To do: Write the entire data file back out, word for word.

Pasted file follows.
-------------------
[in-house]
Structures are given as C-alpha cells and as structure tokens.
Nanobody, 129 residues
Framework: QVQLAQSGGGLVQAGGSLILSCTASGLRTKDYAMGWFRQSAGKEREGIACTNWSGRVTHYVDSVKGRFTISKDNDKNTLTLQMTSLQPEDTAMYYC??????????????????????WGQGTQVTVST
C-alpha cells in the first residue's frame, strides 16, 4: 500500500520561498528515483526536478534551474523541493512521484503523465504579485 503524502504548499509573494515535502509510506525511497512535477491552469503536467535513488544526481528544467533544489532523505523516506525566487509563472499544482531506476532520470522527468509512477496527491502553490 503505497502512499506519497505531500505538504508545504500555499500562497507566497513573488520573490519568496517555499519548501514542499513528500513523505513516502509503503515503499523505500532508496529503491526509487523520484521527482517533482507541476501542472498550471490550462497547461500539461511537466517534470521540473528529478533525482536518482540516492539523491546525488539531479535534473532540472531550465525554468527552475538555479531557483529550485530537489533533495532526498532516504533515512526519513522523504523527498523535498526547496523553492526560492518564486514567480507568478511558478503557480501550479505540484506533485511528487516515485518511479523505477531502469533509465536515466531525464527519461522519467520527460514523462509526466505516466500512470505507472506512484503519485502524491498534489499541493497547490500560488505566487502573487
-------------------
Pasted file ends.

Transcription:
[in-house]
Structures are given as C-alpha cells and as structure tokens.
Nanobody, 129 residues
Framework: QVQLAQSGGGLVQAGGSLILSCTASGLRTKDYAMGWFRQSAGKEREGIACTNWSGRVTHYVDSVKGRFTISKDNDKNTLTLQMTSLQPEDTAMYYC??????????????????????WGQGTQVTVST
C-alpha cells in the first residue's frame, strides 16, 4: 500500500520561498528515483526536478534551474523541493512521484503523465504579485 503524502504548499509573494515535502509510506525511497512535477491552469503536467535513488544526481528544467533544489532523505523516506525566487509563472499544482531506476532520470522527468509512477496527491502553490 503505497502512499506519497505531500505538504508545504500555499500562497507566497513573488520573490519568496517555499519548501514542499513528500513523505513516502509503503515503499523505500532508496529503491526509487523520484521527482517533482507541476501542472498550471490550462497547461500539461511537466517534470521540473528529478533525482536518482540516492539523491546525488539531479535534473532540472531550465525554468527552475538555479531557483529550485530537489533533495532526498532516504533515512526519513522523504523527498523535498526547496523553492526560492518564486514567480507568478511558478503557480501550479505540484506533485511528487516515485518511479523505477531502469533509465536515466531525464527519461522519467520527460514523462509526466505516466500512470505507472506512484503519485502524491498534489499541493497547490500560488505566487502573487